Name Instead of by Color

July 24, 1994|By MICHELLE MALKIN

Los Angeles. -- Every once in a while, I tune into KKBT radio, a youth-oriented urban station here, to catch up with the latest hip-hop sounds. ''Sounds'' is the right word, since distinctive melodies and intelligible lyrics are few and far between anywhere on the dial. But there's one very lucid refrain that KKBT plays for its young audience that's worth a listen:

''There are no color lines.''

The station promotes its ''no color lines campaign'' on the air, in the schools and throughout the city at public events. It explains, ''KKBT believes it has a responsibility to entertain and to serve the unique multicultural diversity of Southern California. . . . Our message of 'no color lines' encourages positivity.''

This measure of on-air activism might seem heavy-handed to some jaded freeway commuters just looking for some music to keep them awake. But the message is infectious and refreshing to a growing number of young people who refuse to be labeled, categorized and pigeonholed according to skin color. And it has important applications far beyond the urban radio air waves.

The government's race and ethnic designations lump Americans into four neat boxes -- American Indian or Alaskan Native, Asian or Pacific Islander, black and white. (Hispanic origin is defined as an ethnic category separate from race.) The number of people rejecting the classifications grew 45 percent between 1980 and 1990 to 9.8 million. Many young adults check no box at all.

The federal government had ignored those responses in the past by having its imperial computers simply assign a race/ethnic classification to those who refused to pick one themselves. Such small but significant acts of personal defiance have paid off. The Office of Management and Budget, which devised the designations in 1978, is now reconsidering the directive and may add an official ''multiracial'' or ''other'' category.

I'd prefer if they just ditched all those noxious little boxes. But slowly, the color lines are fading.

Young people are also making a difference in refocusing the old civil-rights agenda and moving beyond the rigid black-white spectrum. At the opening of the NAACP's 85th annual convention in Chicago this month, 17-year-old Angel Walters from Pasadena delivered this message to her elders: ''We can't blame another race for our problems. The new generation of African-American youth wants to stop blaming the white society. It's up to us to change.'' Go on, girl.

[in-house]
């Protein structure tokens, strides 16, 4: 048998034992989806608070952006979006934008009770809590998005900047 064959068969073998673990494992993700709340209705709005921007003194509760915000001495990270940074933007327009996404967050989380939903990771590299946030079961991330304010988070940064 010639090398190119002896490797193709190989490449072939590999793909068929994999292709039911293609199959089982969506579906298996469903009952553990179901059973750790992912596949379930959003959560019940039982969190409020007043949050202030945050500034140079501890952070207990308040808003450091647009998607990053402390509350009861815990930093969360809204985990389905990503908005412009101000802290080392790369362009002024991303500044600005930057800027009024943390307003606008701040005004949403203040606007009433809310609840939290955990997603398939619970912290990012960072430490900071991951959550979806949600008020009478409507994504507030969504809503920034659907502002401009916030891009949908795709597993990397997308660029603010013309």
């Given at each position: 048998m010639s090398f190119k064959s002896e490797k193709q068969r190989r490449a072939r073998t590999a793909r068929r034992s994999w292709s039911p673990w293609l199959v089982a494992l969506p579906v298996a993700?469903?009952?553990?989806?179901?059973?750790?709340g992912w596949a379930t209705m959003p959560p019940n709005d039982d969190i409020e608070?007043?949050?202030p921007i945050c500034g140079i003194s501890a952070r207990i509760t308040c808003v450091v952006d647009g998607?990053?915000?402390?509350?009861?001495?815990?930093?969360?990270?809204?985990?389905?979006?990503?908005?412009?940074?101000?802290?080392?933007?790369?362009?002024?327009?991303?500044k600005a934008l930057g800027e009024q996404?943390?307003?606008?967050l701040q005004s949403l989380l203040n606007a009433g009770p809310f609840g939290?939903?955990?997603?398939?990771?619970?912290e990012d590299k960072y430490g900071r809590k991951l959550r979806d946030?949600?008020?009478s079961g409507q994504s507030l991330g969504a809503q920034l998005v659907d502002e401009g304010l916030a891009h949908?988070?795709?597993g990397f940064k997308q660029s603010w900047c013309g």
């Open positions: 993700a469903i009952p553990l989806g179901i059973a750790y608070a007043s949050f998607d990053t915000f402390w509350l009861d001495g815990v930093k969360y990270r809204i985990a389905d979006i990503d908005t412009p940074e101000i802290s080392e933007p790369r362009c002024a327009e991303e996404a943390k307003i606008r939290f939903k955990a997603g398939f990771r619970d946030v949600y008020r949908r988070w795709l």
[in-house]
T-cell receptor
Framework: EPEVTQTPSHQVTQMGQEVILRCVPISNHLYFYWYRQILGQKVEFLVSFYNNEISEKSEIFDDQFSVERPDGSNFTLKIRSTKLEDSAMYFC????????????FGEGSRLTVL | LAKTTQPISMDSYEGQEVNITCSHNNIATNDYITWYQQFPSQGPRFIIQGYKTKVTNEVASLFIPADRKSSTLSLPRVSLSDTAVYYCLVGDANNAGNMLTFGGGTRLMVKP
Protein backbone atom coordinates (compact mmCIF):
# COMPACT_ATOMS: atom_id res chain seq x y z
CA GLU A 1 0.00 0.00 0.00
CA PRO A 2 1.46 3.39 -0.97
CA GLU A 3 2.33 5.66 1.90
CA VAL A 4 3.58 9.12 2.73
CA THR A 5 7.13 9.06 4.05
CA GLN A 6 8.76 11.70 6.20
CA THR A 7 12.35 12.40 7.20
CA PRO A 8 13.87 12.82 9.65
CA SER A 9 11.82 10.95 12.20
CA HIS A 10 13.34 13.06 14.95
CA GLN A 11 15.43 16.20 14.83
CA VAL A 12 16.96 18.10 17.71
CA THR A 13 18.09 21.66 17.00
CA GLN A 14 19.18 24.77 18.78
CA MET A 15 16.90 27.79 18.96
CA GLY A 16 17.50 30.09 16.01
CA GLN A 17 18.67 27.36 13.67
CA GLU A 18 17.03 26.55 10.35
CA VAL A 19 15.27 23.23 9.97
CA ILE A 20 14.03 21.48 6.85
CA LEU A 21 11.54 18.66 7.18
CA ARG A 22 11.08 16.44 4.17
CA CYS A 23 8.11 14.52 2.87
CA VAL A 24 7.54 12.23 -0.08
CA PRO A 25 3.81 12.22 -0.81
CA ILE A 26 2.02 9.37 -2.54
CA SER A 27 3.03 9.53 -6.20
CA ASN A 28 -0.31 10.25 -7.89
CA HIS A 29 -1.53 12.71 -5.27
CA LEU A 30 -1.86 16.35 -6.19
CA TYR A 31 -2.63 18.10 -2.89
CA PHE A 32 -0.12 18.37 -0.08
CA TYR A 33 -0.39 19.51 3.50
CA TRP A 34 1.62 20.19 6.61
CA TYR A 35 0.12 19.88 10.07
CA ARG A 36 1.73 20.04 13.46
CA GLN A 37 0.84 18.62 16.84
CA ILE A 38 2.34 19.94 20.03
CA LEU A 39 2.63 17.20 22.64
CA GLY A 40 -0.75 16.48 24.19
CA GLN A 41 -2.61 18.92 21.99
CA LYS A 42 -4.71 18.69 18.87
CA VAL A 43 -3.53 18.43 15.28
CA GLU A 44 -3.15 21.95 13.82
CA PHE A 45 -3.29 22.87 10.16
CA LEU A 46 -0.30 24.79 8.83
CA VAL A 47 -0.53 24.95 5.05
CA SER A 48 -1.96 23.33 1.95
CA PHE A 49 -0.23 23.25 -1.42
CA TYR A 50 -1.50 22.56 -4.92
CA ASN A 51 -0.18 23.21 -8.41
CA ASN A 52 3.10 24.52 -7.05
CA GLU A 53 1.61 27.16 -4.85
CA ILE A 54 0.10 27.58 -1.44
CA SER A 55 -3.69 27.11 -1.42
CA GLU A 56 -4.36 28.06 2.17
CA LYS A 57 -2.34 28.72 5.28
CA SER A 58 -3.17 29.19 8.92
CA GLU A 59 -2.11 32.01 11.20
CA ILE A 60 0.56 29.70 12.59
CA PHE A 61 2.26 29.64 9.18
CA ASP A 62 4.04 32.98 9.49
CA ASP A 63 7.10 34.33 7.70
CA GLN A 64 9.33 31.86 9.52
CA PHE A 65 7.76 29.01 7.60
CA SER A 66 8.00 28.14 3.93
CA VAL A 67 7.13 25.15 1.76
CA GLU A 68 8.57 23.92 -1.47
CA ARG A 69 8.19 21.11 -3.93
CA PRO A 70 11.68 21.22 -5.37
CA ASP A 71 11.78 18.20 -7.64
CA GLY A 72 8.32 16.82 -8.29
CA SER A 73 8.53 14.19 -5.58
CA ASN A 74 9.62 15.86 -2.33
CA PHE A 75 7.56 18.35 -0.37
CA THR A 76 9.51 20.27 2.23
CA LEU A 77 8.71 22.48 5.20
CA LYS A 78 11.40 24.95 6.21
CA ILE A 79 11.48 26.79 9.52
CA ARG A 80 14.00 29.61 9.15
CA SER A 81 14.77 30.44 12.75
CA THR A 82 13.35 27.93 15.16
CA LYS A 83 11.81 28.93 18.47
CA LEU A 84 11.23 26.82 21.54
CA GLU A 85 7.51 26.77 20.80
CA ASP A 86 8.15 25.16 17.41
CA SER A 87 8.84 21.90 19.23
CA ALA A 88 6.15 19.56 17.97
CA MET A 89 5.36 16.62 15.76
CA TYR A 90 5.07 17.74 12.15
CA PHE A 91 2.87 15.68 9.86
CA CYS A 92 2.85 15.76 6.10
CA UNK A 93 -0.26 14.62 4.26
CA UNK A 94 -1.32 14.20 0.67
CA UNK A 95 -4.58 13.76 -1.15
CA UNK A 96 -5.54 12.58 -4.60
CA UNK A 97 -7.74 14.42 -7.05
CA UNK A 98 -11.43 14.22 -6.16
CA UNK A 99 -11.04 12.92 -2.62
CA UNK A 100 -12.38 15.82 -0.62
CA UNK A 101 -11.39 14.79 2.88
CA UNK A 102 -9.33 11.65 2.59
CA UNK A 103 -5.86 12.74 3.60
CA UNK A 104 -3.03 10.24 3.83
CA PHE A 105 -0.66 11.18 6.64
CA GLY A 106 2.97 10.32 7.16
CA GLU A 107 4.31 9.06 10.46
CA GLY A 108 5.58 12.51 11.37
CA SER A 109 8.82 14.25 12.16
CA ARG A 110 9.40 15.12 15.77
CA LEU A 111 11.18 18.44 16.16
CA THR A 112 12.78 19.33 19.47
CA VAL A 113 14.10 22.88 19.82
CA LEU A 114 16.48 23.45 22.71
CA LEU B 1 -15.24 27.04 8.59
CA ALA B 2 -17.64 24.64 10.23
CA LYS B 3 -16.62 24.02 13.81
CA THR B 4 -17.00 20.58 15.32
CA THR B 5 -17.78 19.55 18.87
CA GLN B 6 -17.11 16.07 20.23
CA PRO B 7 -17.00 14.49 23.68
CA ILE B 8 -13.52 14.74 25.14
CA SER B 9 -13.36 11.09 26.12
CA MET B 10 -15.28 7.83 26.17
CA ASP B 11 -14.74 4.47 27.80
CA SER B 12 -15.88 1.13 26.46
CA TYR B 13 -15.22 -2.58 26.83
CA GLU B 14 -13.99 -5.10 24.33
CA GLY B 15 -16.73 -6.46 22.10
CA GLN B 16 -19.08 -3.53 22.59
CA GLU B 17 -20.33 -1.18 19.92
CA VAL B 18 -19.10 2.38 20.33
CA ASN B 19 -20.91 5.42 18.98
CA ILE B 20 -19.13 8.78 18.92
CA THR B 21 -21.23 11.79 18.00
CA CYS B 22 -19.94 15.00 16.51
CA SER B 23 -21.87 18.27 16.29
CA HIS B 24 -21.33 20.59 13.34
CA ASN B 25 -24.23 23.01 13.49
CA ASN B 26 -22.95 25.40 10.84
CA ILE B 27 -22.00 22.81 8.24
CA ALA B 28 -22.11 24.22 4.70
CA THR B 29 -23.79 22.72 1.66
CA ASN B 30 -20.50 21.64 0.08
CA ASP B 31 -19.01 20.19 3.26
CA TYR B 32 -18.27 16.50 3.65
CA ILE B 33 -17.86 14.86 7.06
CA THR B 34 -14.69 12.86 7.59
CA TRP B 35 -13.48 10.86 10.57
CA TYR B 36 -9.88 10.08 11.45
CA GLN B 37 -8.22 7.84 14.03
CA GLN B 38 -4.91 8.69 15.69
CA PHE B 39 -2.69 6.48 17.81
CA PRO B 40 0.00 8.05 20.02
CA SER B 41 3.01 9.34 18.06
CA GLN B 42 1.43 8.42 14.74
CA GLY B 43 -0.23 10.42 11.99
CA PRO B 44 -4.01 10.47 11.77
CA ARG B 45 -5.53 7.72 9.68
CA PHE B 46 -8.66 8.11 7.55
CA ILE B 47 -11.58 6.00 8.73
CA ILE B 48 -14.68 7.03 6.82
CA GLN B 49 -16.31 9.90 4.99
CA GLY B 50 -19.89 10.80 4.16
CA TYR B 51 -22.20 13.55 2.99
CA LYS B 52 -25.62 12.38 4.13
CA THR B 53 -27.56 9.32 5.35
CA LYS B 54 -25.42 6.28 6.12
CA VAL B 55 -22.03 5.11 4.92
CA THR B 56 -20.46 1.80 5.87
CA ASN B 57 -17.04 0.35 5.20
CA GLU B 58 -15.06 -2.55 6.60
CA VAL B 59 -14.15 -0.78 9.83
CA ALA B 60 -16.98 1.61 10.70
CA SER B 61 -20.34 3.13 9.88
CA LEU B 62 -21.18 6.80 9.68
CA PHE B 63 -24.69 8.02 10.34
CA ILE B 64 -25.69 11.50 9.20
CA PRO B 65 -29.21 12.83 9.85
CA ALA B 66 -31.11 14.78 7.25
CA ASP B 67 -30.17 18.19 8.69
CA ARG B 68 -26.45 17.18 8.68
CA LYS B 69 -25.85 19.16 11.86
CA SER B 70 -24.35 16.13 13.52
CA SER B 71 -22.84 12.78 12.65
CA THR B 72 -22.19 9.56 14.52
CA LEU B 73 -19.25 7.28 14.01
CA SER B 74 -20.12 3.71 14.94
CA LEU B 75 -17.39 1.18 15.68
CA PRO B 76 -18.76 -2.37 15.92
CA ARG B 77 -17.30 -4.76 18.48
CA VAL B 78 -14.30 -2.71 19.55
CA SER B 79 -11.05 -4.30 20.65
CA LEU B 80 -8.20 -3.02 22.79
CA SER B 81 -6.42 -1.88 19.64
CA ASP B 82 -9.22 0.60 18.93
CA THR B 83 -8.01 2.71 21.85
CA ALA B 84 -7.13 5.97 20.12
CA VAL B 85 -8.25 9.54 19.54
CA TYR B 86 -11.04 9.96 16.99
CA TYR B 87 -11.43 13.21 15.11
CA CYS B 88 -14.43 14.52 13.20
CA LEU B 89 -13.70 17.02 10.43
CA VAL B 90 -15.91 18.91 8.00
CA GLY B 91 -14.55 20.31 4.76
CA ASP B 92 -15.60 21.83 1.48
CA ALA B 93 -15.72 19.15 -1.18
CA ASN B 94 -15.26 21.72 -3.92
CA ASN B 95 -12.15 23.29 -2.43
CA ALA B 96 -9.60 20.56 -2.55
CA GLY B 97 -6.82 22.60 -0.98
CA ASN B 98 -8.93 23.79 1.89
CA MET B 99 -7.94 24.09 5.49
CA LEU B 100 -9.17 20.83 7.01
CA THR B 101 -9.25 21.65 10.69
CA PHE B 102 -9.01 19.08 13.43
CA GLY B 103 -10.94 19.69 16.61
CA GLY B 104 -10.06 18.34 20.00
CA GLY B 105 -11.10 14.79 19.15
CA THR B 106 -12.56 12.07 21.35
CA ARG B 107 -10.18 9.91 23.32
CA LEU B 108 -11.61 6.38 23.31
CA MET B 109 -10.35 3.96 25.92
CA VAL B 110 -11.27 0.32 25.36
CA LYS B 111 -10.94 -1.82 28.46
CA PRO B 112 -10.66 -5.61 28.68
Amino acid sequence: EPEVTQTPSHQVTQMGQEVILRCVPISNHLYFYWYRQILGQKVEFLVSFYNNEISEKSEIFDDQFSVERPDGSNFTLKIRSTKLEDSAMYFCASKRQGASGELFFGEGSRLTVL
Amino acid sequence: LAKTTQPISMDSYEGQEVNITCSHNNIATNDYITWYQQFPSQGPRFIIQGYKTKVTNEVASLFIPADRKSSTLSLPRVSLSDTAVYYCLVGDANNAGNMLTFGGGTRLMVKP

NAACP executive director Benjamin Chavis takes credit for recruiting more than 650,000 new members -- 65 percent of whom, like Angel, are under 24 years old. But he is guilty of continuing to promote the tired, blame-whitey attitudes that Angel so rightly criticized. Hobnobbing with gang members and virulent bigots like Louis Farrakhan is no way to set an example for young adults who seek personal and educational empowerment and renounce collective victimization.

A new generation of civil-rights advocates -- committed to equal opportunity, the entrepreneurial spirit, sense of family and individual responsibility -- has eschewed the NAACP altogether. Project 21, a group of young adults of all races in Washington, recently published an extraordinary book called ''Black America 1994: Changing Direction.''

One essay, ''The Death of Race'' by Kevin Pritchett, a recent Dartmouth College graduate and now an aide to Sen. Trent Lott of Mississippi, resonated with me. Commenting on his own racial awakening in college, he wrote: ''I took for granted back then what it meant to be 'black.' I did and still do to some extent think about 'blackness' in terms of culture . . . But I realized after a while that my fellow undergraduates of color -- many from such elitist prep schools as Boston Latin, Exeter and Episcopal -- believed that if you have a high level of melanin, you were supposed to be at least Democratic (preferably socialist), talk slang, hate whitey, and keep with the brothers and sisters.''

This phenomenon is not exclusive to African-Americans, but affects too many ''students of color'' who enter college with strong convictions like Angel's -- and depart with crippling insecurities planted by tenured racists masquerading as ''multiculturalists.'' As Emmanuel McLittle, publisher of Destiny magazine, notes: ''Colleges are supposed to teach students how to think and form critical valuations. They are shirking that duty.''

There is growing awareness of this abdication -- as the insights of Angel Walters and Kevin Pritchett suggest. That gives me hope. As Mr. Pritchett observes, ''The day -- and it must come soon -- when we will all call each other by name instead of color will be a great day in history.'' I do believe I will live to see that day before my own brown skin wrinkles.

Michelle Malkin is a columnist for the Los Angeles Daily News.

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